In addition to a significant collection of Chinese blue and white porcelain, the Gardiner Museum is also home to a collection of Japanese porcelain its influence on European porcelain.
Female figures are called bijin (beautiful women). Kakiemon figures are rare and their production atypical. Cast in moulds, they were first biscuit-fired in the low temperature Kakiemon enamelling kilns (muffle-kilns), next sent to the larger kilns to be glazed and high-fired, and then returned to the Kakiemon workshop for painting and a third firing. The figure’s kimono is decorated with stylized Chinese characters conveying good fortune.
The Liao dynasty was founded in what is now northern China by the Khitan, a nomadic, tribal people who were ancestors of the Mongols. The Khitan adopted many aspects of Tang dynasty Chinese culture, which they often mixed with their own traditions to create new, hybrid forms of culture. This flask is a good example of that intermixing process. The materials - lead-glazed earthenware - come directly from Tang Chinese pottery, but the form is based on a traditional Khitan leather canteen. It was probably made to be buried in a tomb as a status symbol, which was another practice adopted by the Khitan from Chinese culture.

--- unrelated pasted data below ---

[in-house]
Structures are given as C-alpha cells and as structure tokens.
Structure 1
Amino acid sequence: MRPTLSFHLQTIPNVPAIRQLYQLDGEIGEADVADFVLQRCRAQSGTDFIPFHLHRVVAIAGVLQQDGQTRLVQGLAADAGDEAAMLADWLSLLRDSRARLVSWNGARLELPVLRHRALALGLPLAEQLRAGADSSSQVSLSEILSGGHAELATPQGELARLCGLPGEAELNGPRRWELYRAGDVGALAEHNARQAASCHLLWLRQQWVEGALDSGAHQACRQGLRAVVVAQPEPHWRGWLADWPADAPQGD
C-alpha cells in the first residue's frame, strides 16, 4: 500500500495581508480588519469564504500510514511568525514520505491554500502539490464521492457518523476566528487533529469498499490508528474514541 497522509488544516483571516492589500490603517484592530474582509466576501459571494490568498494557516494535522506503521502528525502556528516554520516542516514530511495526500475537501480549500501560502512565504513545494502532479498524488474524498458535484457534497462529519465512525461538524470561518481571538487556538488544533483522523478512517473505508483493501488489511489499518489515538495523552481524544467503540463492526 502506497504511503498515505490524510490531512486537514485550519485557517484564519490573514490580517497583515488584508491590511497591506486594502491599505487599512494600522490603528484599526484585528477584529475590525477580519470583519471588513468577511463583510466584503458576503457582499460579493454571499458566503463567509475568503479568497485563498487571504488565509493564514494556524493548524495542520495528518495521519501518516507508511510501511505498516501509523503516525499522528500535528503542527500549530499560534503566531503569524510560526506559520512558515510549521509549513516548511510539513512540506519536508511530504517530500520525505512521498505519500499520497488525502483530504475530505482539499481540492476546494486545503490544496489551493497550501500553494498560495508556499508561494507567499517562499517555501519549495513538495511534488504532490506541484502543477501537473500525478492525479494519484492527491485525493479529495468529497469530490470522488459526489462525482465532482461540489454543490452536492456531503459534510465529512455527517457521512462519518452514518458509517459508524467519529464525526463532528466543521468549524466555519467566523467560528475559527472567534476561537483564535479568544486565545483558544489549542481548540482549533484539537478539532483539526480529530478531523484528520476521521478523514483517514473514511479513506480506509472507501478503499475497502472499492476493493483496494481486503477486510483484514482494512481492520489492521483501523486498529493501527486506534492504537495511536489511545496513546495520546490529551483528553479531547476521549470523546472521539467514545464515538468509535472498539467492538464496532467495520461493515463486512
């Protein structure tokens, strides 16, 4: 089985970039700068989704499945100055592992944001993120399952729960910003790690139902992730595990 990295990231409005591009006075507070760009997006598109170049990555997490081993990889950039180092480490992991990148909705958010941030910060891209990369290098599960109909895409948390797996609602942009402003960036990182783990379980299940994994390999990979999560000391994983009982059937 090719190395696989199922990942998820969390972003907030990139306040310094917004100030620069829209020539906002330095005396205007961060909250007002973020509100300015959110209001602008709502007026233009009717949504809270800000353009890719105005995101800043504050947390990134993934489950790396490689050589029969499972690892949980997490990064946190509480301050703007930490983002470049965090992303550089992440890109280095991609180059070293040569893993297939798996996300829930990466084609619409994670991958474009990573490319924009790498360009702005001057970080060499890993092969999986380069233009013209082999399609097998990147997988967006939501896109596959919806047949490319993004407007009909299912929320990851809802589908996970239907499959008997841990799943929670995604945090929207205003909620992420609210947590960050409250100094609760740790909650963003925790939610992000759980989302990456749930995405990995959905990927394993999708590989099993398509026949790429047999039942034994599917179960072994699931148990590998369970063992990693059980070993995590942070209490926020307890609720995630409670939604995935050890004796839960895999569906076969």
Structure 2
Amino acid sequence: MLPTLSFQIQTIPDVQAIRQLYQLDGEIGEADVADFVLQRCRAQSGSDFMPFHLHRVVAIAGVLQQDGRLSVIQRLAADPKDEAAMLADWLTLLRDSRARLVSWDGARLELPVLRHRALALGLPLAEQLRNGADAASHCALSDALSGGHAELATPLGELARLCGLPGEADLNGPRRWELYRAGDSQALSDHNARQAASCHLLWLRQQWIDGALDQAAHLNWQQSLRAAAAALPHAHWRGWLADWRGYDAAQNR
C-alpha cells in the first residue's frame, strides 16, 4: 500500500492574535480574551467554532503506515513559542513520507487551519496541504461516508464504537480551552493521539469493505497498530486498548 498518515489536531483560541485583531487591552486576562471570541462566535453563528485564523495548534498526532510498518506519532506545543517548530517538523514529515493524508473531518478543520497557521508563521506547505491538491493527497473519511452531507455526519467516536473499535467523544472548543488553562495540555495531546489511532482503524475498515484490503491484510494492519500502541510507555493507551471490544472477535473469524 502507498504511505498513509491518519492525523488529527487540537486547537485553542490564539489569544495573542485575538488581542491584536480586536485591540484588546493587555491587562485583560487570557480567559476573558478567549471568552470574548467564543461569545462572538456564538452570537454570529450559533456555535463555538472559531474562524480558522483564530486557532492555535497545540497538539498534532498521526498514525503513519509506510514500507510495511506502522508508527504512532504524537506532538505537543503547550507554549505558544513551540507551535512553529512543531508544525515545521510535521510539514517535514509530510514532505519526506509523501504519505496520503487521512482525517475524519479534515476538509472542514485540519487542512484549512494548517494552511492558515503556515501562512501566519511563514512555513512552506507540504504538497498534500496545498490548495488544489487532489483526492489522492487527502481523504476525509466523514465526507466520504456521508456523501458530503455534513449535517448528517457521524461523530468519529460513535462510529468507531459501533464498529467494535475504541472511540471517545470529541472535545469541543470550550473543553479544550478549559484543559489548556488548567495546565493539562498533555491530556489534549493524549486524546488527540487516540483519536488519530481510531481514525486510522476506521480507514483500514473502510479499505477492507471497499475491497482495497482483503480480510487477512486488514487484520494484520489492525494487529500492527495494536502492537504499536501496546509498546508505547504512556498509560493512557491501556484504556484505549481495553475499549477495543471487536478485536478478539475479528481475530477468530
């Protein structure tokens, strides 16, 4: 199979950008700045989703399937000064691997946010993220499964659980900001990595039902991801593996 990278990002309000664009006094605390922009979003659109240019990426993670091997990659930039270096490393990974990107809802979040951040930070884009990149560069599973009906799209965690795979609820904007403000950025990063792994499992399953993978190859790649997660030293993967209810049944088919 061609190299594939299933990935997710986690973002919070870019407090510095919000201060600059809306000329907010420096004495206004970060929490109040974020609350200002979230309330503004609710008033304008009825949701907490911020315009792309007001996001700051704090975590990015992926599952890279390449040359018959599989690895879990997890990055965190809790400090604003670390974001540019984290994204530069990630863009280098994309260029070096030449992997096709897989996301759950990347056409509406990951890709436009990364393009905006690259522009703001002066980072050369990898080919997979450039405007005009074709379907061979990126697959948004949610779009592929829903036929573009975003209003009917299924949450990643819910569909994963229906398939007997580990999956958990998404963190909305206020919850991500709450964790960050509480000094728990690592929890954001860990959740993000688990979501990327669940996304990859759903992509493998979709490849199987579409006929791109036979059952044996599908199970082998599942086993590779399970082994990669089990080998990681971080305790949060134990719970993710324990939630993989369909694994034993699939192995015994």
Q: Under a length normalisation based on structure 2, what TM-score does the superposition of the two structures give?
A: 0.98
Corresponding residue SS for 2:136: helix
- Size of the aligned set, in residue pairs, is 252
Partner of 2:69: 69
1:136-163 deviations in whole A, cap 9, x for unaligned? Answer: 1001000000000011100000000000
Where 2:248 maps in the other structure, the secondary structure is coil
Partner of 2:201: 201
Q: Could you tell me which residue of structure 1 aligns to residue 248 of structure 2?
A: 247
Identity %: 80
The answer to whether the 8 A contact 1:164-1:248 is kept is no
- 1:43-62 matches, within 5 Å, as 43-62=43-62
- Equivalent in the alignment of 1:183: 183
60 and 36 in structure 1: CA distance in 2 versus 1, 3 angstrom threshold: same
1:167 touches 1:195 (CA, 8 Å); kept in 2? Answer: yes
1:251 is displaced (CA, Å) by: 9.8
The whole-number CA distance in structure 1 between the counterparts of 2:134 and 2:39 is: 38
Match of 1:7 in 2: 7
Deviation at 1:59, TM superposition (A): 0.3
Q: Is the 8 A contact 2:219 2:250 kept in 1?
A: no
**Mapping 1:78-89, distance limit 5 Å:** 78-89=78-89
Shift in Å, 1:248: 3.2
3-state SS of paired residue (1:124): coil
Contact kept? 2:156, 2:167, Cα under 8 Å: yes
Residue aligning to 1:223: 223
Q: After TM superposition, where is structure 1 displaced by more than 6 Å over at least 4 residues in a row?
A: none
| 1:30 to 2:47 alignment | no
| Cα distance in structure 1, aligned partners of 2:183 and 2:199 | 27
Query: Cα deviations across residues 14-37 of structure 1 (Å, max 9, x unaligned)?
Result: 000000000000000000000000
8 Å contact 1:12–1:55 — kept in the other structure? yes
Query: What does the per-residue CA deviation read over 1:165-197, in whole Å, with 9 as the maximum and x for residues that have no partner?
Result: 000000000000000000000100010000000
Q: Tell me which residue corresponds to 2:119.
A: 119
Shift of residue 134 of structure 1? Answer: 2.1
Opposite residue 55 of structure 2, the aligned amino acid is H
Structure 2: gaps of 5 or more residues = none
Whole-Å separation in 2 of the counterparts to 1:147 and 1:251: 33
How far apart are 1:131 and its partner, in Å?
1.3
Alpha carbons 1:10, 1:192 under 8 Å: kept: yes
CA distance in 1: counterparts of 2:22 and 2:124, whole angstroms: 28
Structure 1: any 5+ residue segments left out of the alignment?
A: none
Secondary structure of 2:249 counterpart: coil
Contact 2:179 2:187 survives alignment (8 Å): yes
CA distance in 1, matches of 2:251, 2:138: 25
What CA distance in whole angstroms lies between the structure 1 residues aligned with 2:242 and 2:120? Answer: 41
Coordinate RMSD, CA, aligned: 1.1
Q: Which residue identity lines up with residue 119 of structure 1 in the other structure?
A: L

This Hawk is an example of Blanc de Chine, a term coined by art historian Albert Jacquemart in the 19th century and has since been used by collectors to describe white wares. Figures such as this hawk were decorative features within European houses, while in China, it was made for sturdy household goods for everyday use or private devotion.
This piece is an example of Chinese famille-rose export porcelain. Famille rose refers to a particular type of Chinese porcelain decorated with overglaze enamels, one of which is a distinctive pink or red colour derived from colloidal gold. The recipe for making this type of red enamel may have been inspired by information brought to China by European missionaries in the early 18th century.